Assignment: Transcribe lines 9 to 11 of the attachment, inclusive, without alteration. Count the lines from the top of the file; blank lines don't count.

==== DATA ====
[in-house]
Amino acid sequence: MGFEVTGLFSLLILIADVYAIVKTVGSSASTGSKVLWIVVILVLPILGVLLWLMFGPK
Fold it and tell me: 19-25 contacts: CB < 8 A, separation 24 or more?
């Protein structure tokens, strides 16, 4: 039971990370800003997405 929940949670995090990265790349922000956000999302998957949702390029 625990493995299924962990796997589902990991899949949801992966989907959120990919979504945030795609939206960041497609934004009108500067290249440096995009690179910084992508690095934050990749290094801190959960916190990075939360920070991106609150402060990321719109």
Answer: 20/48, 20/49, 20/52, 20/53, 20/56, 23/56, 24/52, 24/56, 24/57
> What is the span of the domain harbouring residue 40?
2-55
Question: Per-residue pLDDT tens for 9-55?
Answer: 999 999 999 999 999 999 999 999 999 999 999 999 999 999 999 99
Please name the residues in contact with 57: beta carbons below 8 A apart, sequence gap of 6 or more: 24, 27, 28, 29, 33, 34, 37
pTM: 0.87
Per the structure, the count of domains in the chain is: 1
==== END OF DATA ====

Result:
Answer: 999 999 999 999 999 999 999 999 999 999 999 999 999 999 999 99
Please name the residues in contact with 57: beta carbons below 8 A apart, sequence gap of 6 or more: 24, 27, 28, 29, 33, 34, 37
pTM: 0.87